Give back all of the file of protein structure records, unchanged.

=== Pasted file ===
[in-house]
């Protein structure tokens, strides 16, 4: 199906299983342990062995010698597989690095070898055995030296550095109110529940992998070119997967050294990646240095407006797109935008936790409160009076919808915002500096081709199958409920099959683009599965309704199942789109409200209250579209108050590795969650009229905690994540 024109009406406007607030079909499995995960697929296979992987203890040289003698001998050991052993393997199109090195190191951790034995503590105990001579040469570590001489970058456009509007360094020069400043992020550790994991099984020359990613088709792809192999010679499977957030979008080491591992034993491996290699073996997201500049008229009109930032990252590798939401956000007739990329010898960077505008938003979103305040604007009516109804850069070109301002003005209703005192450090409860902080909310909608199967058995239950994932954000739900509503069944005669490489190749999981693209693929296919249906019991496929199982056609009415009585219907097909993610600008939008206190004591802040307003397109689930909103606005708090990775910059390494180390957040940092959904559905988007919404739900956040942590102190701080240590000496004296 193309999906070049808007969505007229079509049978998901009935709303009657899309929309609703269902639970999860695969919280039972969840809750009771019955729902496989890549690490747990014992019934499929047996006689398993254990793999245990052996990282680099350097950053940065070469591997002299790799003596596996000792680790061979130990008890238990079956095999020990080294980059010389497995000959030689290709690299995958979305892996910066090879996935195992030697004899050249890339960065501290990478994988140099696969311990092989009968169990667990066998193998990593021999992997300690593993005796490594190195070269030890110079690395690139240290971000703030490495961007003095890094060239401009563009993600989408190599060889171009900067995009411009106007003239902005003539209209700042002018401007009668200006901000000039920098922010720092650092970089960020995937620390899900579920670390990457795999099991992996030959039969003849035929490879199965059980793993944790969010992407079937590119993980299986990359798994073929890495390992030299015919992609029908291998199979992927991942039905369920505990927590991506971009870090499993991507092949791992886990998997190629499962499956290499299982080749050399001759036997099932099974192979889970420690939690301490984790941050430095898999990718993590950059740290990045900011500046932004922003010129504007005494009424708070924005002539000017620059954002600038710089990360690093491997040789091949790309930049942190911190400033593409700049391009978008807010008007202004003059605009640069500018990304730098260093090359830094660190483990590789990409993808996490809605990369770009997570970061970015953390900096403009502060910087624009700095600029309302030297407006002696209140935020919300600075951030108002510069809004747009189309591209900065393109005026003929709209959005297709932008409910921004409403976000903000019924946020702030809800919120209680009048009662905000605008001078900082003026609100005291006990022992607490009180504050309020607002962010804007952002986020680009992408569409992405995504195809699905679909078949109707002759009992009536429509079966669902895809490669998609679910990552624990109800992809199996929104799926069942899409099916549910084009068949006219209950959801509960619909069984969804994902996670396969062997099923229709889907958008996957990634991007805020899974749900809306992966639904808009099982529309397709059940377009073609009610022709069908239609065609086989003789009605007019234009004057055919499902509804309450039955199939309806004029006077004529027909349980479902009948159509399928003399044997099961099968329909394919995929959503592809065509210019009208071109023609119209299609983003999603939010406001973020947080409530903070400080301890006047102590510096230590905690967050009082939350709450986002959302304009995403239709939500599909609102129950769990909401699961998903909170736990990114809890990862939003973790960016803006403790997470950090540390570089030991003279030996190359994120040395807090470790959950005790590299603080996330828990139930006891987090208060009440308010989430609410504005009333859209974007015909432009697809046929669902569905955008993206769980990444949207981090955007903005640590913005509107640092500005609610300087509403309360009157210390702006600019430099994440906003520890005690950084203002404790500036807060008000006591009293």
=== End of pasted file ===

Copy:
[in-house]
């Protein structure tokens, strides 16, 4: 199906299983342990062995010698597989690095070898055995030296550095109110529940992998070119997967050294990646240095407006797109935008936790409160009076919808915002500096081709199958409920099959683009599965309704199942789109409200209250579209108050590795969650009229905690994540 024109009406406007607030079909499995995960697929296979992987203890040289003698001998050991052993393997199109090195190191951790034995503590105990001579040469570590001489970058456009509007360094020069400043992020550790994991099984020359990613088709792809192999010679499977957030979008080491591992034993491996290699073996997201500049008229009109930032990252590798939401956000007739990329010898960077505008938003979103305040604007009516109804850069070109301002003005209703005192450090409860902080909310909608199967058995239950994932954000739900509503069944005669490489190749999981693209693929296919249906019991496929199982056609009415009585219907097909993610600008939008206190004591802040307003397109689930909103606005708090990775910059390494180390957040940092959904559905988007919404739900956040942590102190701080240590000496004296 193309999906070049808007969505007229079509049978998901009935709303009657899309929309609703269902639970999860695969919280039972969840809750009771019955729902496989890549690490747990014992019934499929047996006689398993254990793999245990052996990282680099350097950053940065070469591997002299790799003596596996000792680790061979130990008890238990079956095999020990080294980059010389497995000959030689290709690299995958979305892996910066090879996935195992030697004899050249890339960065501290990478994988140099696969311990092989009968169990667990066998193998990593021999992997300690593993005796490594190195070269030890110079690395690139240290971000703030490495961007003095890094060239401009563009993600989408190599060889171009900067995009411009106007003239902005003539209209700042002018401007009668200006901000000039920098922010720092650092970089960020995937620390899900579920670390990457795999099991992996030959039969003849035929490879199965059980793993944790969010992407079937590119993980299986990359798994073929890495390992030299015919992609029908291998199979992927991942039905369920505990927590991506971009870090499993991507092949791992886990998997190629499962499956290499299982080749050399001759036997099932099974192979889970420690939690301490984790941050430095898999990718993590950059740290990045900011500046932004922003010129504007005494009424708070924005002539000017620059954002600038710089990360690093491997040789091949790309930049942190911190400033593409700049391009978008807010008007202004003059605009640069500018990304730098260093090359830094660190483990590789990409993808996490809605990369770009997570970061970015953390900096403009502060910087624009700095600029309302030297407006002696209140935020919300600075951030108002510069809004747009189309591209900065393109005026003929709209959005297709932008409910921004409403976000903000019924946020702030809800919120209680009048009662905000605008001078900082003026609100005291006990022992607490009180504050309020607002962010804007952002986020680009992408569409992405995504195809699905679909078949109707002759009992009536429509079966669902895809490669998609679910990552624990109800992809199996929104799926069942899409099916549910084009068949006219209950959801509960619909069984969804994902996670396969062997099923229709889907958008996957990634991007805020899974749900809306992966639904808009099982529309397709059940377009073609009610022709069908239609065609086989003789009605007019234009004057055919499902509804309450039955199939309806004029006077004529027909349980479902009948159509399928003399044997099961099968329909394919995929959503592809065509210019009208071109023609119209299609983003999603939010406001973020947080409530903070400080301890006047102590510096230590905690967050009082939350709450986002959302304009995403239709939500599909609102129950769990909401699961998903909170736990990114809890990862939003973790960016803006403790997470950090540390570089030991003279030996190359994120040395807090470790959950005790590299603080996330828990139930006891987090208060009440308010989430609410504005009333859209974007015909432009697809046929669902569905955008993206769980990444949207981090955007903005640590913005509107640092500005609610300087509403309360009157210390702006600019430099994440906003520890005690950084203002404790500036807060008000006591009293």